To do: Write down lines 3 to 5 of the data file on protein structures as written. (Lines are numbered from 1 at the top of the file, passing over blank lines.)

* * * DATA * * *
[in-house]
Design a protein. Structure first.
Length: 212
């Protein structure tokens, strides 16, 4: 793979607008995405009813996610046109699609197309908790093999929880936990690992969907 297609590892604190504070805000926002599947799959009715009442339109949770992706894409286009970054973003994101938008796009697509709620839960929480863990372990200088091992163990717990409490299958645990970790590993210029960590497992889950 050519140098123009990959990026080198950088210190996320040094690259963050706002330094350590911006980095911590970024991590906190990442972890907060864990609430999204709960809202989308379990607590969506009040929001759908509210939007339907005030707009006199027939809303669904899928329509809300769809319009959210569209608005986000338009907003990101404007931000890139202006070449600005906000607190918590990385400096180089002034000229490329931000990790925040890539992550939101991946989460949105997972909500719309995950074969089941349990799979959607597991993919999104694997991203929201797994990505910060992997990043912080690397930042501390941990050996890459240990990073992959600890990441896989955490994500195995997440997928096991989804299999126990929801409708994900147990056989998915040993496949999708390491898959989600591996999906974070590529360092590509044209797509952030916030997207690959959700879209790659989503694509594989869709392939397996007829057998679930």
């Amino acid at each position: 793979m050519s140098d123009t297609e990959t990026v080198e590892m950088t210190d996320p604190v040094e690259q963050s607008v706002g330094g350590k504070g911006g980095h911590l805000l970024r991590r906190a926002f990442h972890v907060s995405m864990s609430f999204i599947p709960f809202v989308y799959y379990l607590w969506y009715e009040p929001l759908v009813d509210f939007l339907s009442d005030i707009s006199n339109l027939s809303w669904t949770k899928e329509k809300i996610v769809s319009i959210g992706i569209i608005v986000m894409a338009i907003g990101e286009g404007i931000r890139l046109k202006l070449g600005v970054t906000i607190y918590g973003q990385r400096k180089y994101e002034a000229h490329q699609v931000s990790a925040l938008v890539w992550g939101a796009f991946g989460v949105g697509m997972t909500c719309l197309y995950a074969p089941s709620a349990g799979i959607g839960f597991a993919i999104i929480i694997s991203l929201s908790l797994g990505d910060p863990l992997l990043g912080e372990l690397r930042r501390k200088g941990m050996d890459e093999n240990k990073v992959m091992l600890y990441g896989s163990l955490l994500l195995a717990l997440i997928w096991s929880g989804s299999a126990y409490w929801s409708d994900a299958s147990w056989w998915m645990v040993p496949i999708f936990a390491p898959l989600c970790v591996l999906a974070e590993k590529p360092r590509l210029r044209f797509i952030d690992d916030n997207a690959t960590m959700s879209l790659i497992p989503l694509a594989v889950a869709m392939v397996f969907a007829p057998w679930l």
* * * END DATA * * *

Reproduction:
Length: 212
């Protein structure tokens, strides 16, 4: 793979607008995405009813996610046109699609197309908790093999929880936990690992969907 297609590892604190504070805000926002599947799959009715009442339109949770992706894409286009970054973003994101938008796009697509709620839960929480863990372990200088091992163990717990409490299958645990970790590993210029960590497992889950 050519140098123009990959990026080198950088210190996320040094690259963050706002330094350590911006980095911590970024991590906190990442972890907060864990609430999204709960809202989308379990607590969506009040929001759908509210939007339907005030707009006199027939809303669904899928329509809300769809319009959210569209608005986000338009907003990101404007931000890139202006070449600005906000607190918590990385400096180089002034000229490329931000990790925040890539992550939101991946989460949105997972909500719309995950074969089941349990799979959607597991993919999104694997991203929201797994990505910060992997990043912080690397930042501390941990050996890459240990990073992959600890990441896989955490994500195995997440997928096991989804299999126990929801409708994900147990056989998915040993496949999708390491898959989600591996999906974070590529360092590509044209797509952030916030997207690959959700879209790659989503694509594989869709392939397996007829057998679930």
């Amino acid at each position: 793979m050519s140098d123009t297609e990959t990026v080198e590892m950088t210190d996320p604190v040094e690259q963050s607008v706002g330094g350590k504070g911006g980095h911590l805000l970024r991590r906190a926002f990442h972890v907060s995405m864990s609430f999204i599947p709960f809202v989308y799959y379990l607590w969506y009715e009040p929001l759908v009813d509210f939007l339907s009442d005030i707009s006199n339109l027939s809303w669904t949770k899928e329509k809300i996610v769809s319009i959210g992706i569209i608005v986000m894409a338009i907003g990101e286009g404007i931000r890139l046109k202006l070449g600005v970054t906000i607190y918590g973003q990385r400096k180089y994101e002034a000229h490329q699609v931000s990790a925040l938008v890539w992550g939101a796009f991946g989460v949105g697509m997972t909500c719309l197309y995950a074969p089941s709620a349990g799979i959607g839960f597991a993919i999104i929480i694997s991203l929201s908790l797994g990505d910060p863990l992997l990043g912080e372990l690397r930042r501390k200088g941990m050996d890459e093999n240990k990073v992959m091992l600890y990441g896989s163990l955490l994500l195995a717990l997440i997928w096991s929880g989804s299999a126990y409490w929801s409708d994900a299958s147990w056989w998915m645990v040993p496949i999708f936990a390491p898959l989600c970790v591996l999906a974070e590993k590529p360092r590509l210029r044209f797509i952030d690992d916030n997207a690959t960590m959700s879209l790659i497992p989503l694509a594989v889950a869709m392939v397996f969907a007829p057998w679930l």